Learning another language also enables one to dispel any stereotypes previously held. The French do not wear stripy tops, wear berets and carry baguettes around all day long. Equally, the Germans are not all blonde, tubby, moustached Bratwurst-munchers. The Dutch, however, do all speak English. And it’s annoying.
Interestingly, English films and television programmes (40-60% of Dutch TV) are not dubbed, just subtitled, which allows the Dutch to hear, understand and match the English to Dutch. English is taught from primary school, bilingually in some secondary schools and as the exclusive language on many university degree programmes. Contemporary Dutch scientists hardly write in Dutch since there is no incentive to do so. English is beloved by the Dutch so much that they have adopted the often widely-used, albeit incorrect term “Holland” to refer to their country, which by all logic should actually infuriate them.
So it comes as no surprise to learn that 86% of Dutch people speak English according to an EU study. But why? To say that no-one speaks Dutch as a second language is a bit of an overstatement, but it could well be due to the Netherlands’ relatively small size and high trade with the neighbouring UK. It could also be the influence from the incessant stag parties making the pilgrimage to Amsterdam.
Of course, I’m not going to argue that the Dutch shouldn’t learn English. Nor am I going to deny that English is the international lingua franca, which is something I’m not happy about as I don’t believe there should be one lingua franca. Indeed, English is the new Latin in the scientific world and the new Italian in the literature world. It has seeped into the most remote pockets of the world triggered by the British colonialism of the nineteenth century. But this has planted English seeds in different countries, allowing non-native English versions to germinate. One of them is Dutch English – similar to Euro English (with phrases such as “let’s give a party” and “let’s take drinks at the pub”). English now serves as a vocabulary database for the Dutch to pick from as they please.
Conversely, English did the same thing with its neighbouring languages (principally French, German and Dutch) as it developed into its modern form. In fact, the “Netherlands” comes from the Dutch word for their country which literally means “low country”. Nevertheless, as words and structures from English mix with those from Dutch, they create a sort of hybrid language, which is then passed on through mutual discourse. It gives rise to phrases and structures that we would consider incorrect in English, thus giving a false impression of our language that is stubbornly believed to be correct by English learners.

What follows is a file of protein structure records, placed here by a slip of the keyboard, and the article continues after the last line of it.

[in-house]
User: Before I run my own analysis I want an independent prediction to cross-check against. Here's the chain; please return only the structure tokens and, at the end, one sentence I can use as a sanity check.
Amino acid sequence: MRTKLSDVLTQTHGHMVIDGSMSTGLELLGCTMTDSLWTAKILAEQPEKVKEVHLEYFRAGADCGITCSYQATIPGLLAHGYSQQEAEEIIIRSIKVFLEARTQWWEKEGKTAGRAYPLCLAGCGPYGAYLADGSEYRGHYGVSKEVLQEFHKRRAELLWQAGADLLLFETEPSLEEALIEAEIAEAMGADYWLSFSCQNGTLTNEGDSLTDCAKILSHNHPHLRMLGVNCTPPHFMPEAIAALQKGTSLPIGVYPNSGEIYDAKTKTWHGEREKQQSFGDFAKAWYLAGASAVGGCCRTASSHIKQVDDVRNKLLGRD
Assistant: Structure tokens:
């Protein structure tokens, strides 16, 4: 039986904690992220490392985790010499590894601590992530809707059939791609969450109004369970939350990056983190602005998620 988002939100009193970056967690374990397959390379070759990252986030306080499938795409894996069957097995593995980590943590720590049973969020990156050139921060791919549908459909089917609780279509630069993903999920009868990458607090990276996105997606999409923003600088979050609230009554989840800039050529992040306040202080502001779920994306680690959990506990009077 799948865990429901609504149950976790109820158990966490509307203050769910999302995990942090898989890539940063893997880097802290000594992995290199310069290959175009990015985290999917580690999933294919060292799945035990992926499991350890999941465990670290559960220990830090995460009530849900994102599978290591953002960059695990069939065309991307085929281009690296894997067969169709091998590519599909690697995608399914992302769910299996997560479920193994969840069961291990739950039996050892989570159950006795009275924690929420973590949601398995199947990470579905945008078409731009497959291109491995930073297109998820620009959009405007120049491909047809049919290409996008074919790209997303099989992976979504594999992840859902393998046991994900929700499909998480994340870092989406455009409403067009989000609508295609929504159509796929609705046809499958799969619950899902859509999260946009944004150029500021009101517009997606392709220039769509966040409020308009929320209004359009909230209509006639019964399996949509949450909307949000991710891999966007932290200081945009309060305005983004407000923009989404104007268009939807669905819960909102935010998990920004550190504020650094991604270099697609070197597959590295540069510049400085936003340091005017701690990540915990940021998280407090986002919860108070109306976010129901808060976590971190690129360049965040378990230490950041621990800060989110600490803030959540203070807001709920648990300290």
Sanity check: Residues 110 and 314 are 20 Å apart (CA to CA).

What occur as a result are clumsy hybrid phrases such as ‘How do you underbuild that?’ or ‘Which answer is not good?’ What’s more, it is this variety of English that can be heard at institutions across the Netherlands, and the Dutch aren’t doing anything about it. But who needs native speakers from just across the North Sea to teach in English when the Dutch are fluent enough anyway?
I had the misfortune to visit Amsterdam in January. I was actually looking forward to it until I arrived and was not permitted by the locals to speak Dutch. No wonder that the rest of the Netherlands say Amsterdam isn’t really Dutch if I get replies in English to questions I asked in Dutch.
The English aren’t entirely blameless here. It’s the stag parties in Amsterdam that are forcing their language, their customs and their manners upon the locals, whilst simultaneously providing a false impression of the British, and to be able to cash in on the tourism, is there really much choice for the Dutch other than to sit back reluctantly and watch it happen? Well, yes. Stag parties can easily go to Newcastle. I’m sure there’s something else other than the slightly more relaxed laws or tolerant policemen that make Amsterdam so attractive. There is still some element of real Dutch culture that is so appealing.
The point is that the Dutch are allowing English to threaten their culture that has been built up over hundreds of years. Their clever language, their traditional music, their rich cuisine are all at risk of fading away, when such things should be embraced and encouraged instead. By all means, learn a foreign language, and open yourself to more opportunities in this increasingly smaller world, but don’t forget who you are.